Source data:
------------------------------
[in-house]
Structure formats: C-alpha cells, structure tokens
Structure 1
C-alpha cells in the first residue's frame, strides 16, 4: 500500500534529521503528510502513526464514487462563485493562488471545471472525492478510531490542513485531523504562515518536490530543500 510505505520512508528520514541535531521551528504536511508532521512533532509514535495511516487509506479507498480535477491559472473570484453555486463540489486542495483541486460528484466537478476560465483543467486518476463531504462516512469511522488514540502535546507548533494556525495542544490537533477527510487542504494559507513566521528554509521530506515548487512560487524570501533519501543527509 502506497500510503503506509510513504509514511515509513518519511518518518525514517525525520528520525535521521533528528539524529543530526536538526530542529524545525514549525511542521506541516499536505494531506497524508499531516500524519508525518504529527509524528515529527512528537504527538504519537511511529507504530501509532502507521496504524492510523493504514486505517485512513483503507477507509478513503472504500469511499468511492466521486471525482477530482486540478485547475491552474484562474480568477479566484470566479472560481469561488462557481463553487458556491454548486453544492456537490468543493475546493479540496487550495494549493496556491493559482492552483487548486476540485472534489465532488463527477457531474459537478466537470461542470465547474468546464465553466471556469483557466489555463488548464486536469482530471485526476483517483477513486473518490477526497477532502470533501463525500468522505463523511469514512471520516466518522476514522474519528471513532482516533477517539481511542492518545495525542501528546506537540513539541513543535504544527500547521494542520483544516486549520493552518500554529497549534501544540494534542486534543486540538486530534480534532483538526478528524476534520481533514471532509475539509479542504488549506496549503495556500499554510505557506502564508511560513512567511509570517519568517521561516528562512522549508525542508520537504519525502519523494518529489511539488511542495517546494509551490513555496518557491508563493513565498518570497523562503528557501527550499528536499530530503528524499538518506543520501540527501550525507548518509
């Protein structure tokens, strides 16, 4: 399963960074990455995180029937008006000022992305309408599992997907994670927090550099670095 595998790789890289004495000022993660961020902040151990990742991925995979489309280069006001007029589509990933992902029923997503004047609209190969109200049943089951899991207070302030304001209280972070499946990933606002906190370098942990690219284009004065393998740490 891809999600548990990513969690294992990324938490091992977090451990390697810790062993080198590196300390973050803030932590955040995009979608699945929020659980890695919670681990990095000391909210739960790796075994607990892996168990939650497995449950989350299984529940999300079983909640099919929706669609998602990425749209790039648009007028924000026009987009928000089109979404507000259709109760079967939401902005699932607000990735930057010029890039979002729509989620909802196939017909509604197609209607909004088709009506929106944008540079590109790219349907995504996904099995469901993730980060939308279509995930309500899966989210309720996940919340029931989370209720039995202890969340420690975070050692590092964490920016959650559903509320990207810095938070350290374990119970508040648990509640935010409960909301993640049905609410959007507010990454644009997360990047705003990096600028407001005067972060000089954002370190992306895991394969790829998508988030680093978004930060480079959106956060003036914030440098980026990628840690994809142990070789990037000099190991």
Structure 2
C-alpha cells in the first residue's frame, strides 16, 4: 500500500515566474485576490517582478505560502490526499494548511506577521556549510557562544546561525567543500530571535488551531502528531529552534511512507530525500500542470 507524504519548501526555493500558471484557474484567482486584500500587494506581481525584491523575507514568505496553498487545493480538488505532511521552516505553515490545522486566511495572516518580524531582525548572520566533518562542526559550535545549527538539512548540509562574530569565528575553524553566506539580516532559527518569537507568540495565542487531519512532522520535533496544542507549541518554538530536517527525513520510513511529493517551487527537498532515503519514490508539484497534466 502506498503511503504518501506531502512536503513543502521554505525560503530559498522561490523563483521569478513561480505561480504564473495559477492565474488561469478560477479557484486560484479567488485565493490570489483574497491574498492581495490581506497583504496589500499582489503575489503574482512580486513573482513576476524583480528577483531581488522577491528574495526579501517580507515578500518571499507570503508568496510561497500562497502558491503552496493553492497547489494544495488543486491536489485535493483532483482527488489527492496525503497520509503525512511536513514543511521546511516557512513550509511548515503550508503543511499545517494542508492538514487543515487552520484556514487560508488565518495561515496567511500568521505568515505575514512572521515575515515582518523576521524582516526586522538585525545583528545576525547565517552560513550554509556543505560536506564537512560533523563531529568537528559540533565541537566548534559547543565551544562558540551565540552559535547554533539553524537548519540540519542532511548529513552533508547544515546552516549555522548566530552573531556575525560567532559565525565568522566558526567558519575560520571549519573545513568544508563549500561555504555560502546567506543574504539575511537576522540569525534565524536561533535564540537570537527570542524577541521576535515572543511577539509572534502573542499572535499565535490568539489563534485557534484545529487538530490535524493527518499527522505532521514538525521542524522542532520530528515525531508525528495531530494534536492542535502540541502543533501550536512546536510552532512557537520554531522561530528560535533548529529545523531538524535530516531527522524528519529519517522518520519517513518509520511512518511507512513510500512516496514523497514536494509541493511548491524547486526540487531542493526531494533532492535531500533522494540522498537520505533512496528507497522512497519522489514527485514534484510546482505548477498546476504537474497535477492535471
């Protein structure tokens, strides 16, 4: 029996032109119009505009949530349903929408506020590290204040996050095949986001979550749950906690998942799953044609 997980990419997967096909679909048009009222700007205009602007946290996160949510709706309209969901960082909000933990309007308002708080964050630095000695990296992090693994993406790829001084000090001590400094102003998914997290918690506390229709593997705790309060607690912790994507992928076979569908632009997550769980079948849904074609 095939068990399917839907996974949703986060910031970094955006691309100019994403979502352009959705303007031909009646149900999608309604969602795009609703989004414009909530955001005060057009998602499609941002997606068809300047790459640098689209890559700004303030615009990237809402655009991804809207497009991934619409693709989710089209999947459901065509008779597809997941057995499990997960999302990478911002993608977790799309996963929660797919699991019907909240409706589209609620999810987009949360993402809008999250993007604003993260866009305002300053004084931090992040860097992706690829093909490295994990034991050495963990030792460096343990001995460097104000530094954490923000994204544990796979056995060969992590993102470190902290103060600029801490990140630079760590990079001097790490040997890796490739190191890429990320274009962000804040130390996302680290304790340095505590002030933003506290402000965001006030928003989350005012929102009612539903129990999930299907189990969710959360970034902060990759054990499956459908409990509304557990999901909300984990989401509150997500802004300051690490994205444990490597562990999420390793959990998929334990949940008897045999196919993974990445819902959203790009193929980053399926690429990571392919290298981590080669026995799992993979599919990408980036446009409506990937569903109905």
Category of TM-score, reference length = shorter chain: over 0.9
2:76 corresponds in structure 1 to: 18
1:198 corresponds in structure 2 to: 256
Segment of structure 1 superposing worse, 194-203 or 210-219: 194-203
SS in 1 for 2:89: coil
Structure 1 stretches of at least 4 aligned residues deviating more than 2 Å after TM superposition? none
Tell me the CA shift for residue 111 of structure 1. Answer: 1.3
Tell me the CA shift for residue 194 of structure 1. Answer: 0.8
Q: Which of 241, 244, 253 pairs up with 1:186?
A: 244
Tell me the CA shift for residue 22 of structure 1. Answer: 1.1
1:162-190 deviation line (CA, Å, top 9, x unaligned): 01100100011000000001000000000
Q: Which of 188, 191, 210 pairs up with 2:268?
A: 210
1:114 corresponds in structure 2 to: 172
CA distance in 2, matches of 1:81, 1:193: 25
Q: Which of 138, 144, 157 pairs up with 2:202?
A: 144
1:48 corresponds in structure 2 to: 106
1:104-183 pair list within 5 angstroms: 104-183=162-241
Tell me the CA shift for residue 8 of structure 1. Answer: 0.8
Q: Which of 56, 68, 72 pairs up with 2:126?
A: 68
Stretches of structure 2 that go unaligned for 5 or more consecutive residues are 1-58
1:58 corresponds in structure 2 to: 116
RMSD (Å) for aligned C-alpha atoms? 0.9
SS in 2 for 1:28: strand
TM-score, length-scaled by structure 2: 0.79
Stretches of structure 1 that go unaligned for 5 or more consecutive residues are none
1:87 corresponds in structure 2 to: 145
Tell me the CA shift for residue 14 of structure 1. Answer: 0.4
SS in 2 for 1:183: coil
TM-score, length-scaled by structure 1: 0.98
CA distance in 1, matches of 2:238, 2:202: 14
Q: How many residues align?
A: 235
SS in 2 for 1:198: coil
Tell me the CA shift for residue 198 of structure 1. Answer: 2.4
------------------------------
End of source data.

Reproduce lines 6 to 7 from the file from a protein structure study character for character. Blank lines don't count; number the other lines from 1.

Structure 2
C-alpha cells in the first residue's frame, strides 16, 4: 500500500515566474485576490517582478505560502490526499494548511506577521556549510557562544546561525567543500530571535488551531502528531529552534511512507530525500500542470 507524504519548501526555493500558471484557474484567482486584500500587494506581481525584491523575507514568505496553498487545493480538488505532511521552516505553515490545522486566511495572516518580524531582525548572520566533518562542526559550535545549527538539512548540509562574530569565528575553524553566506539580516532559527518569537507568540495565542487531519512532522520535533496544542507549541518554538530536517527525513520510513511529493517551487527537498532515503519514490508539484497534466 502506498503511503504518501506531502512536503513543502521554505525560503530559498522561490523563483521569478513561480505561480504564473495559477492565474488561469478560477479557484486560484479567488485565493490570489483574497491574498492581495490581506497583504496589500499582489503575489503574482512580486513573482513576476524583480528577483531581488522577491528574495526579501517580507515578500518571499507570503508568496510561497500562497502558491503552496493553492497547489494544495488543486491536489485535493483532483482527488489527492496525503497520509503525512511536513514543511521546511516557512513550509511548515503550508503543511499545517494542508492538514487543515487552520484556514487560508488565518495561515496567511500568521505568515505575514512572521515575515515582518523576521524582516526586522538585525545583528545576525547565517552560513550554509556543505560536506564537512560533523563531529568537528559540533565541537566548534559547543565551544562558540551565540552559535547554533539553524537548519540540519542532511548529513552533508547544515546552516549555522548566530552573531556575525560567532559565525565568522566558526567558519575560520571549519573545513568544508563549500561555504555560502546567506543574504539575511537576522540569525534565524536561533535564540537570537527570542524577541521576535515572543511577539509572534502573542499572535499565535490568539489563534485557534484545529487538530490535524493527518499527522505532521514538525521542524522542532520530528515525531508525528495531530494534536492542535502540541502543533501550536512546536510552532512557537520554531522561530528560535533548529529545523531538524535530516531527522524528519529519517522518520519517513518509520511512518511507512513510500512516496514523497514536494509541493511548491524547486526540487531542493526531494533532492535531500533522494540522498537520505533512496528507497522512497519522489514527485514534484510546482505548477498546476504537474497535477492535471